Making Noise at the Mention of Haman’s Name

[Shut She'eilat Shlomo]

Question: Since making excessive noise at the mention of Haman disturbs many people, is it Halachically permissible to abolish it?

Answer:
1. The Rama wrote: "...The custom that we strike [something at the mention of] Haman when we read the Megilah in Shul has spread, and one should not abolish any custom or mock it since it was not established for naught" (Orach Chaim 690:17). It is therefore forbidden to abolish a custom of Israel.

2. The Mishnah Berurah wrote, however, that a custom which has a prohibited aspect to it may be abolished (Biur Halachah ibid.).

3. The basic nature of this custom does not contain any prohibited aspect to it, and great Rabbis of Israel customarily performed it: "And Ha-Gaon Yavetz (Rav Yaakov Emden) wrote regarding his father, the Chacham Tzvi, that he would hit, stamp his foot and strike his sandal when he arrived at the mention of Haman (Mishnah Berurah #59).

4. Throughout the generations, however, many mishaps were caused on account of this custom:
a. People did not hear the reading of the Megilah. This means that the actual Mitzvah (and the reason we are in Shul) was not fulfilled on account of a custom that is not even observed in all places (Mishnah Berurah ibid.).
b. People have behaved contrary to the Mitzvah of revering the Sanctuary. One should behave with seriousness and reverence in a Shul, and not with joking and levity, since the One who rests His Divine Presence is located within in it.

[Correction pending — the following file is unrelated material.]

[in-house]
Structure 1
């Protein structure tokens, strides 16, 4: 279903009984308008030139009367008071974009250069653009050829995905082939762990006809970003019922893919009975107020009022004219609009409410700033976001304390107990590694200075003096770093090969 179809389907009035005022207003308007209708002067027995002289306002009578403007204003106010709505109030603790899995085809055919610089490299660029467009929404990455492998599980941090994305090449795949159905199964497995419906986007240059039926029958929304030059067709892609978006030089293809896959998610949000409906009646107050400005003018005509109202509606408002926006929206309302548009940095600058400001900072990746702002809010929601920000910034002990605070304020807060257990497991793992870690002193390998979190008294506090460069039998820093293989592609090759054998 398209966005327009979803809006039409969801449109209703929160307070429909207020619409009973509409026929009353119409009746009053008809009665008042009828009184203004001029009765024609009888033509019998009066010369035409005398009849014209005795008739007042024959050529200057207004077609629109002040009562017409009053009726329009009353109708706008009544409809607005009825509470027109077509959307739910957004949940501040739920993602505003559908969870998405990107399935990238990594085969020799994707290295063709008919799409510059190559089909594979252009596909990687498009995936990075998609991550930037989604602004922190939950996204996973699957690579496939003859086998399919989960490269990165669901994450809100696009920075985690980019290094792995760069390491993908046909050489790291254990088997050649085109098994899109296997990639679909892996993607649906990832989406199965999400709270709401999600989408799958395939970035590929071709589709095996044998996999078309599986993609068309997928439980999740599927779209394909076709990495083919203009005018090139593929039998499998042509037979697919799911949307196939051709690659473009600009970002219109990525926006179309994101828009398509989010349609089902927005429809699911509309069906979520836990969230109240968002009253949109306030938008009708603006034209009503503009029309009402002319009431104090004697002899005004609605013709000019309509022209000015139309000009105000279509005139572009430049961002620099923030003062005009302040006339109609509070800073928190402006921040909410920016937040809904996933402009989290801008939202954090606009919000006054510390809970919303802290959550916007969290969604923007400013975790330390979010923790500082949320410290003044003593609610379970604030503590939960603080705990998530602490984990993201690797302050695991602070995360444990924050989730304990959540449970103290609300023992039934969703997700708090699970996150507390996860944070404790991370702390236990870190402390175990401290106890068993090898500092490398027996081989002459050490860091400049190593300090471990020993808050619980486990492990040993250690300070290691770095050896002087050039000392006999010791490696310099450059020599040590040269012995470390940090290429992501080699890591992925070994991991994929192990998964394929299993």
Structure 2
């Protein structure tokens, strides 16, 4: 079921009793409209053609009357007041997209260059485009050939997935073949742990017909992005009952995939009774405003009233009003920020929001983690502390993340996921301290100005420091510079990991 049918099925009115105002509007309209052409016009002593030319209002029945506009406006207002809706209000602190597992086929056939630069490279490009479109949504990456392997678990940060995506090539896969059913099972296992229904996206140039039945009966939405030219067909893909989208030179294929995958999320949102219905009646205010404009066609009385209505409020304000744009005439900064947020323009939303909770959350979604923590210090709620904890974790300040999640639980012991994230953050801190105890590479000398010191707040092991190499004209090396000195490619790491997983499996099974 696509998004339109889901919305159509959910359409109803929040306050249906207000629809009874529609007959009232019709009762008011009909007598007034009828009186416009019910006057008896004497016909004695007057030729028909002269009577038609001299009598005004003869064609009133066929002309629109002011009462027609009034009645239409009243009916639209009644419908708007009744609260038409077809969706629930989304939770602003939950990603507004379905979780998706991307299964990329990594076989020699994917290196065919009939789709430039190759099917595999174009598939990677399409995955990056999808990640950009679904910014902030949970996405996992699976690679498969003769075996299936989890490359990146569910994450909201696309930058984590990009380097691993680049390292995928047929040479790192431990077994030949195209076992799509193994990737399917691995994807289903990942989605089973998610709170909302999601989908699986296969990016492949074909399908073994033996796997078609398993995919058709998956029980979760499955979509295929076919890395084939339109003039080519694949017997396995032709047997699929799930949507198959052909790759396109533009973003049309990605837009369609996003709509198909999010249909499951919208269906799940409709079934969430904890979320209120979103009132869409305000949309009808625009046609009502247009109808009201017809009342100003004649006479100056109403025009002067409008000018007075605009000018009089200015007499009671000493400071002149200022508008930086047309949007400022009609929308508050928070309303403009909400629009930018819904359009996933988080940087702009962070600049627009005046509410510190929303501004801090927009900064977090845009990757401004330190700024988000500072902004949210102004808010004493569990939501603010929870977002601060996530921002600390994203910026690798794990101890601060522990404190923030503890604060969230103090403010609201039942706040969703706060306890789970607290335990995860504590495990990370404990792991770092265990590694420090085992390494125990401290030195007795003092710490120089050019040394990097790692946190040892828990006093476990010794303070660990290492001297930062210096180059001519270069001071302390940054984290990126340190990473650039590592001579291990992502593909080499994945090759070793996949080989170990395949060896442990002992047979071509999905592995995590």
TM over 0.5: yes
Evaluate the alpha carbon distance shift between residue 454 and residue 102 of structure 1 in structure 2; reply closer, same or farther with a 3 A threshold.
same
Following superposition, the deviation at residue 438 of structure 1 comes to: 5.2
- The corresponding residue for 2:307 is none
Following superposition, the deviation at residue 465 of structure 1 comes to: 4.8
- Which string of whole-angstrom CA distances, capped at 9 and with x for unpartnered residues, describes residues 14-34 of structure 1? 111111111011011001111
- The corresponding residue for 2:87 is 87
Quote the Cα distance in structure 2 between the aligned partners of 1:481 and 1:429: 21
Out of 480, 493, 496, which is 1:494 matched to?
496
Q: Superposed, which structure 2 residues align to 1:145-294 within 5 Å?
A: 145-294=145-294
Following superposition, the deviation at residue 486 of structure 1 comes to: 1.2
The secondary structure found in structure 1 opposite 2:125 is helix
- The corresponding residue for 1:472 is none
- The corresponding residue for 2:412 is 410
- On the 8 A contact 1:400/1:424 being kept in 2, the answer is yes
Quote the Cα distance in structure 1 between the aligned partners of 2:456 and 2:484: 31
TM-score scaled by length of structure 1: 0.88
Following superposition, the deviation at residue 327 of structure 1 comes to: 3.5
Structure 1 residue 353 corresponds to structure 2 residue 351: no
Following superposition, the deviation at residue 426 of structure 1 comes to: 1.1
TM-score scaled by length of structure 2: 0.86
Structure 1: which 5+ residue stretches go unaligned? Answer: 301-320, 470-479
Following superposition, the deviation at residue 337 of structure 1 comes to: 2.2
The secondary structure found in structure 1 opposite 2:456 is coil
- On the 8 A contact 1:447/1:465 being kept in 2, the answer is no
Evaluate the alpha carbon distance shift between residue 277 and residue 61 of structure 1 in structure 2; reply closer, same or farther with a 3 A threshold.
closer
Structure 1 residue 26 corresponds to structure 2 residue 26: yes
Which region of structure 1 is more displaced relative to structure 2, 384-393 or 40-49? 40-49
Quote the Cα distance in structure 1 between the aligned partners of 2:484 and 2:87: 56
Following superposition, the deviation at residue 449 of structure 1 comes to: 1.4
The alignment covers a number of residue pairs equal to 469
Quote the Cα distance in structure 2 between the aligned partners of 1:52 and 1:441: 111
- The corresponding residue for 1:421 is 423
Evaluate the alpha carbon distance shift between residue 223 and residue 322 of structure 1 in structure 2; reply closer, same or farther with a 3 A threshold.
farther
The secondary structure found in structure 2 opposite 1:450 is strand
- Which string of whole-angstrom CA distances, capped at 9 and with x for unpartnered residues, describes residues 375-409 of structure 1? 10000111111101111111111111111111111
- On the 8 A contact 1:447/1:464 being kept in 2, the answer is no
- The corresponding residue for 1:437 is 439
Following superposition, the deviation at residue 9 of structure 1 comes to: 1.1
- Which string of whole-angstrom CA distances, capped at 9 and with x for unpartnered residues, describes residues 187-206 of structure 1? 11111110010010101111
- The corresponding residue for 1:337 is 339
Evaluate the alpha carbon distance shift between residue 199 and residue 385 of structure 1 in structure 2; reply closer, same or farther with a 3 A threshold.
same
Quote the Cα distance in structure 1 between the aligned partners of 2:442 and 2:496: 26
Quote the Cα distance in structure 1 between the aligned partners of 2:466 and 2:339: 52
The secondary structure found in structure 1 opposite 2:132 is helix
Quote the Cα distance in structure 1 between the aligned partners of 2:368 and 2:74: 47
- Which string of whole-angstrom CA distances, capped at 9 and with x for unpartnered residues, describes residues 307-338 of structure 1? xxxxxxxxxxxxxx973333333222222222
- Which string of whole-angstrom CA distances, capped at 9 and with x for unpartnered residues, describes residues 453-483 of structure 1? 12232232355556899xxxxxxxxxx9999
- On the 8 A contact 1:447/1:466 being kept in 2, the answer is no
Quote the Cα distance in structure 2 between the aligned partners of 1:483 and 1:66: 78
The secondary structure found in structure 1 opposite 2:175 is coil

c. Damage has been caused to objects in the Shul.
d. Distress has been caused to fellow Jews.
e. Children have been taught the opposite of what is required: children must learn that the focus of being in Shul on Purim is listening to the Megilah and not striking something at the mention of Haman.

5. There were therefore some communities that decided to abolish making noise at the mention of Haman, and they publicly informed the entire city not to strike objects at the mention of Haman (Yafeh Lalev #690). And there was a time when the Sefardic Beit Din in Yerushalayim also held in this way, as did the Rabbis of Kushta (Kol Sinai, Halichot Olam pg. 41).

6. There are those who say that if our Rabbi, the Rama, knew where matters would lead, he would not have stated that one should not abolish this custom. The authorities wrote however that if a custom has changed from what it had been at the time of the Rishonim, it is permissible to abolish it (Be’er Heteiv ibid. #15). And the Mishnah Berurah also wrote of those who perform this custom: "their reward is canceled by their loss" (690:59).

7. Nevertheless, if the proceedings are proper and correct – meaning that people hit objects only in a manner that is appropriate for the holiness of a Shul, and do not disturb the hearing of the Megilah while doing so, etc. - we should not abolish this custom.